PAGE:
Published by One World on February 2, 2021
Genres: History, Race and Racism
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A chorus of extraordinary voices comes together to tell one of history’s great epics: the 400-year journey of African Americans from 1619 to the present - edited by Ibram X. Kendi, author of How to Be an Antiracist, and Keisha N. Blain, author of Set the World on Fire.
The story begins in 1619 - a year before the Mayflower - when the White Lion disgorges "some 20-and-odd Negroes" onto the shores of Virginia, inaugurating the African presence in what would become the United States. It takes us to the present, when African Americans, descendants of those on the White Lion and 1,000 other routes to this country, continue a journey defined by inhuman oppression, visionary struggles, stunning achievements, and millions of ordinary lives passing through extraordinary history.
Four Hundred Souls is a unique one-volume "community" history of African Americans. The editors, Ibram X. Kendi and Keisha N. Blain, have assembled 90 brilliant writers, each of whom takes on a five-year period of that 400-year span. The writers explore their periods through a variety of techniques: historical essays, short stories, personal vignettes, and fiery polemics. They approach history from various perspectives: through the eyes of towering historical icons or the untold stories of ordinary people; through places, laws, and objects. While themes of resistance and struggle, of hope and reinvention, course through the book, this collection of diverse pieces from 90 different minds, reflecting 90 different perspectives, fundamentally deconstructs the idea that Africans in America are a monolith - instead it unlocks the startling range of experiences and ideas that have always existed within the community of Blackness.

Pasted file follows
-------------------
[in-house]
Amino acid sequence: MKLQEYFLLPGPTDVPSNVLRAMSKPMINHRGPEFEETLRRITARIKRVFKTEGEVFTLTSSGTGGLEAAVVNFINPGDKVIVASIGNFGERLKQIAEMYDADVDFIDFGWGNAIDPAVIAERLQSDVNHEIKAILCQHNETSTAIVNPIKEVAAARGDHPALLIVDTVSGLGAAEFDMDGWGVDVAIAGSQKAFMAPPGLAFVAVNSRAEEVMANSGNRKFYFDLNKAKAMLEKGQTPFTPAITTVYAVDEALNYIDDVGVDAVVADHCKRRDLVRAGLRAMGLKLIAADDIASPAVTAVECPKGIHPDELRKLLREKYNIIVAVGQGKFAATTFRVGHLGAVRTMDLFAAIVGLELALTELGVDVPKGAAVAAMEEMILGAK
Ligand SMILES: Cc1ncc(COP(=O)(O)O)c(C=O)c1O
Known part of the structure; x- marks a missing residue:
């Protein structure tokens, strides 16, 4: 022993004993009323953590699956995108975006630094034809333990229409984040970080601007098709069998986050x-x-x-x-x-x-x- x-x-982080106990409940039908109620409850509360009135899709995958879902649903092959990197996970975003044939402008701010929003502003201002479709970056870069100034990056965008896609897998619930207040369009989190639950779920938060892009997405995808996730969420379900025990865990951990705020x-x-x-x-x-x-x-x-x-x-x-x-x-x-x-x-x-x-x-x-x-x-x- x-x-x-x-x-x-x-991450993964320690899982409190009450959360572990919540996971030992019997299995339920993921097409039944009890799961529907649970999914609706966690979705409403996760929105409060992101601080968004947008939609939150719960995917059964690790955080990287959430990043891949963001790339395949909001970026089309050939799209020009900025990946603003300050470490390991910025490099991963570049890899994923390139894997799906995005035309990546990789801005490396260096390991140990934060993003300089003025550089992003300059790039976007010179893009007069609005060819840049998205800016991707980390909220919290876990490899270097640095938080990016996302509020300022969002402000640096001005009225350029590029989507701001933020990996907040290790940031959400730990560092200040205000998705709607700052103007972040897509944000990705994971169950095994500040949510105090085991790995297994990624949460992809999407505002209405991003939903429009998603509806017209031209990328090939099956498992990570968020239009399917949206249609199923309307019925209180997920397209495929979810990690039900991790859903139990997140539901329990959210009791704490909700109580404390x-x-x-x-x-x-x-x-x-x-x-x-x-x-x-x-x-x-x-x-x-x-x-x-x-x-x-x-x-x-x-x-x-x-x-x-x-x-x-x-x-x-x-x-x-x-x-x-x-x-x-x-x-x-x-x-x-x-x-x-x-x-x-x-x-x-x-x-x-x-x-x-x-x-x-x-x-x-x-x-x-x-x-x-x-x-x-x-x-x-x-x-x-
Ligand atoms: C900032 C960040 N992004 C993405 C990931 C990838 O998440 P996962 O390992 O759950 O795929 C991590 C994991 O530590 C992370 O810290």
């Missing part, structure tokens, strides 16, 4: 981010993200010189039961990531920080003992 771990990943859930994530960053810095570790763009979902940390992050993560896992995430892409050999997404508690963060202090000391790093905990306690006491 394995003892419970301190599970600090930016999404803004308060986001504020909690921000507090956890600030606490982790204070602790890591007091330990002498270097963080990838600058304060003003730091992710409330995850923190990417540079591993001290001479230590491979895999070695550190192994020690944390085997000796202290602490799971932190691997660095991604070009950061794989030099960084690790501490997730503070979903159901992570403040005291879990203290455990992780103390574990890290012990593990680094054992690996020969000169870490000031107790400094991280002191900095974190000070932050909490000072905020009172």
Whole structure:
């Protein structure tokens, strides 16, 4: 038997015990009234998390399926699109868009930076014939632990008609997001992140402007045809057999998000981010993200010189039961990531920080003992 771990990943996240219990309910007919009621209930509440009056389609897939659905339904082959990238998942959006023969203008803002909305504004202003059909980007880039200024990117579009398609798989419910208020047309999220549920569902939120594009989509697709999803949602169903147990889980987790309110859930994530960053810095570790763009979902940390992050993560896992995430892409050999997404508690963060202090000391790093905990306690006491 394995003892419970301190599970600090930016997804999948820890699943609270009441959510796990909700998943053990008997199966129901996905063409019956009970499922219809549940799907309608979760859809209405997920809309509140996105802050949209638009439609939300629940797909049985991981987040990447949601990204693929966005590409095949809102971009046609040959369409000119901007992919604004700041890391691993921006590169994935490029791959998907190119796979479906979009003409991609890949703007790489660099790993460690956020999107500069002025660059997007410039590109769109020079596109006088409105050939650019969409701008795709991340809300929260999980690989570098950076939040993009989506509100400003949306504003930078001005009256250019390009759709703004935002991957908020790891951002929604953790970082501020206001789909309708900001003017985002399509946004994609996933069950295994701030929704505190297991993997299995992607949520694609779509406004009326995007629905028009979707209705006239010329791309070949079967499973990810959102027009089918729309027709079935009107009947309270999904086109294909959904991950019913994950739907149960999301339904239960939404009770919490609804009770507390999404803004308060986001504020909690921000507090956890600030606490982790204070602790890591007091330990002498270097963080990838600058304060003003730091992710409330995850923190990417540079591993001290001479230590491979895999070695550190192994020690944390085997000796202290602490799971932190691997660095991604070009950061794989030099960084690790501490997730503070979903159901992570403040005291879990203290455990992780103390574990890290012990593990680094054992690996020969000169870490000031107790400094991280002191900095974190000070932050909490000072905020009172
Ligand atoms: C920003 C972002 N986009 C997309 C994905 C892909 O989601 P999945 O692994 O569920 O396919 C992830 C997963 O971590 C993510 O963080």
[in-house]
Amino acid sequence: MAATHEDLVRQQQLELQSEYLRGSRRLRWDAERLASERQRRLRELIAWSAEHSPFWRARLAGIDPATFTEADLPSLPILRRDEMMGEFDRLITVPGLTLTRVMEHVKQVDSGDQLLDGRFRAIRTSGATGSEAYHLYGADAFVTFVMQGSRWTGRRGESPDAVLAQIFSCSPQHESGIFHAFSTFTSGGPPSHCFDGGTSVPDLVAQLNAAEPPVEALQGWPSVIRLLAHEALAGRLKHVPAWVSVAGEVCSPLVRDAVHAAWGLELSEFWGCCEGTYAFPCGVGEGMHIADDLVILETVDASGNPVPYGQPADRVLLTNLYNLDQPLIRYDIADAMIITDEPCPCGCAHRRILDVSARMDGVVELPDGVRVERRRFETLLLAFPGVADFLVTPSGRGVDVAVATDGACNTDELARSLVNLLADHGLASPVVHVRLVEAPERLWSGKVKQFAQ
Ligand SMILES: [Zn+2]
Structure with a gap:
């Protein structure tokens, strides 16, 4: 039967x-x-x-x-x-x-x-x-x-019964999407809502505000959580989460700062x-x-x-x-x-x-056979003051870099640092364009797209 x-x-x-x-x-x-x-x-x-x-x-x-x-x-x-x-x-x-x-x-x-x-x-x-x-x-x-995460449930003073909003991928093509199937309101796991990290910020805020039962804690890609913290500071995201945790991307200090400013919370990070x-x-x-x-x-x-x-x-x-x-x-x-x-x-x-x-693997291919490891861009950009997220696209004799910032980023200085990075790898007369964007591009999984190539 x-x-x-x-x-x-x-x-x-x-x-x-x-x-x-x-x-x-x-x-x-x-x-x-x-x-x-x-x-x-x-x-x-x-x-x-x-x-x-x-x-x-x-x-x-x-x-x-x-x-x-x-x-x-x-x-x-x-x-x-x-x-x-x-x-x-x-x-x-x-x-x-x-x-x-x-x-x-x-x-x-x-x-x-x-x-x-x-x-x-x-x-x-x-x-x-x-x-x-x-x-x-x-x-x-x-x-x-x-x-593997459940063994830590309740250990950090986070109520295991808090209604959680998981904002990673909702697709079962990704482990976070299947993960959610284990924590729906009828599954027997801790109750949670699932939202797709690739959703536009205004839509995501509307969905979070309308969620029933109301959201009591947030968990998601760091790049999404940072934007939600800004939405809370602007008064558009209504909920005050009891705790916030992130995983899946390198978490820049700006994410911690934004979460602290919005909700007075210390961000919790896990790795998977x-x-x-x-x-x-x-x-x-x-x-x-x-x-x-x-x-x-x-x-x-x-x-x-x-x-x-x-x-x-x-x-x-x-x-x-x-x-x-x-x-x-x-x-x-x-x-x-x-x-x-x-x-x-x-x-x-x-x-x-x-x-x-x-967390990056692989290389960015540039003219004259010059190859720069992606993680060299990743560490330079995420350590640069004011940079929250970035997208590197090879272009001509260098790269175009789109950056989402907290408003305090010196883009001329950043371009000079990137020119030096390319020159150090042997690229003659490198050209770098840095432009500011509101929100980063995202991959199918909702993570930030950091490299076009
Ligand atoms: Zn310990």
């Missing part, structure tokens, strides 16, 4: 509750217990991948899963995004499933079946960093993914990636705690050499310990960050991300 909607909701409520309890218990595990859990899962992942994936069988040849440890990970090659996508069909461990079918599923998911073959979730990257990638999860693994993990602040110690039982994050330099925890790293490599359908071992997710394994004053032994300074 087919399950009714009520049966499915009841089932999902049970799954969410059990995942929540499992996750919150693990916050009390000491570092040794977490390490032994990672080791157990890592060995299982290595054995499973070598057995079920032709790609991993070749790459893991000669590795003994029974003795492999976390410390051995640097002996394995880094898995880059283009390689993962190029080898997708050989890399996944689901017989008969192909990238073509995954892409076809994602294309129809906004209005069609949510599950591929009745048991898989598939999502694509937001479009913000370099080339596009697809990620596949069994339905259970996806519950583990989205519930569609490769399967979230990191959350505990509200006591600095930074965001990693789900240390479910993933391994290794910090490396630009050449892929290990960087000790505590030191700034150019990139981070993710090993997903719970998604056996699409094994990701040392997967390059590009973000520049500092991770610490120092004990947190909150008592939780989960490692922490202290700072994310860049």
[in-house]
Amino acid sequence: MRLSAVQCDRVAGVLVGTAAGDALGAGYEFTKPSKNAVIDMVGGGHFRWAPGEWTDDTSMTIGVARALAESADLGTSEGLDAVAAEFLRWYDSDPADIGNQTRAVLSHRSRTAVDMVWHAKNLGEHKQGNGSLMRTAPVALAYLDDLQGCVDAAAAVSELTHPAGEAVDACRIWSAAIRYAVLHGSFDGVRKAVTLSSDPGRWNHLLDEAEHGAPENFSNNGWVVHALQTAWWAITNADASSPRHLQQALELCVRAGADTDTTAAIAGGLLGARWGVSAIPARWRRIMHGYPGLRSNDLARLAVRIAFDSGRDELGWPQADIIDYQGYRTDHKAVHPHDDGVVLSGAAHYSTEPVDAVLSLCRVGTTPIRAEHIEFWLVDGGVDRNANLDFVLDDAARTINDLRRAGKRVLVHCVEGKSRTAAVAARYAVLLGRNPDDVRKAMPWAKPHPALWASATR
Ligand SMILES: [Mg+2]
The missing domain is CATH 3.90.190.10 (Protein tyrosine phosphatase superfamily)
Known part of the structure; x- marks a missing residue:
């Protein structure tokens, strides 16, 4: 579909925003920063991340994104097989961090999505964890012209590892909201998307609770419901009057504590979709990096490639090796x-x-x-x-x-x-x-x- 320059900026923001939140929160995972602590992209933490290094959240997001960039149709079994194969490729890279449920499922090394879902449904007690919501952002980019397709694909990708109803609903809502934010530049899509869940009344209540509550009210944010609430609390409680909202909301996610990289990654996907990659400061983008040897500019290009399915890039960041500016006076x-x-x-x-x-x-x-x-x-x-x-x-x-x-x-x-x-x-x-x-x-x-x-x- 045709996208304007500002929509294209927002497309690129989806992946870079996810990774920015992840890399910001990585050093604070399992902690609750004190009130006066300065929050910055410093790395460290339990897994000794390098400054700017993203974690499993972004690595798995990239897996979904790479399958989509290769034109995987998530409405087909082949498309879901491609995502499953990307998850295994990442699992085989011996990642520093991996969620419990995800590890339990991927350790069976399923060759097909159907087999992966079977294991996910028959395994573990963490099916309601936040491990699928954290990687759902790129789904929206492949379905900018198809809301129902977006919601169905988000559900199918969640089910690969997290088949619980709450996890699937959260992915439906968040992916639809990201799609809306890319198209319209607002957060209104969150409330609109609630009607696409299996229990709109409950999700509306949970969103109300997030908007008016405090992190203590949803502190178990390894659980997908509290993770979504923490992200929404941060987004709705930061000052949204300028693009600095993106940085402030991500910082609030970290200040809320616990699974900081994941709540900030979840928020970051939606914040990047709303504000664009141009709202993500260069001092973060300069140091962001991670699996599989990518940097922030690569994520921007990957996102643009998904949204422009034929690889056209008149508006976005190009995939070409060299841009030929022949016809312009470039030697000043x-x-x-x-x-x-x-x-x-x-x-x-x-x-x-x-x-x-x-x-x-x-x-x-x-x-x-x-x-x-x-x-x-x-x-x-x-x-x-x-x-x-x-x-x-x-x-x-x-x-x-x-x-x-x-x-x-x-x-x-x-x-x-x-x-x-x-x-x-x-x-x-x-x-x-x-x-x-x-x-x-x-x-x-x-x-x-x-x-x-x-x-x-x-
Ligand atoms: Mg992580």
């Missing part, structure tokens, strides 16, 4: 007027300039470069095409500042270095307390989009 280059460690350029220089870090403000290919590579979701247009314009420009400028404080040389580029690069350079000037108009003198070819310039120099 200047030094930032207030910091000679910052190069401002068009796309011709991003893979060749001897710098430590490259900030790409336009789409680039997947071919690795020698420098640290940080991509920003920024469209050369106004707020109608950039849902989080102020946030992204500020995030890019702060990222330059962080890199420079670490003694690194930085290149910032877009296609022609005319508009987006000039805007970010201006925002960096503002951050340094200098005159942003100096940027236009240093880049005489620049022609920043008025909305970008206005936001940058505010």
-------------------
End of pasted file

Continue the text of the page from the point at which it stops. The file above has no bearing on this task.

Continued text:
This is a history that illuminates our past and gives us new ways of thinking about our future, written by the most vital and essential voices of our present.
In Four Hundred Souls, Kendi and Blain have assembled an outstanding group of 90 writers and poets to tell the history of African Americans. The collection begins with Nikole Hannah-Jones’s essay on the 1619 arrival of 20 Africans in Virginia and ends with an essay by Alicia Garza on the Black Lives Matter movement. The essays and stories tell of history we know, but many writers focused on stories and people I didn’t know, like Elizabeth Keyes who was the first Black woman in the American colonies to petition for her freedom, Lucy Terry Prince the poet who argued for her family’s freedom before the Supreme Court, and David George who established the first Black Baptist church. Others touch on laws and events but they fit together, telling a history that we don’t know well enough.
Like any collection, Four Hundred Souls is uneven, but I don’t think that’s a negative here. Each of the writers has their own style, their own viewpoint, their own strengths. It felt like the pieces connected well, flowed nicely. There were some overlapping spots, but that’s to be expected. Overall, I think it was the perfect read for me for Black History Month. Parts made me mad, other sections made me cry, and some made me look at events in my memory from a different viewpoint.
Reading this book contributed to these challenges: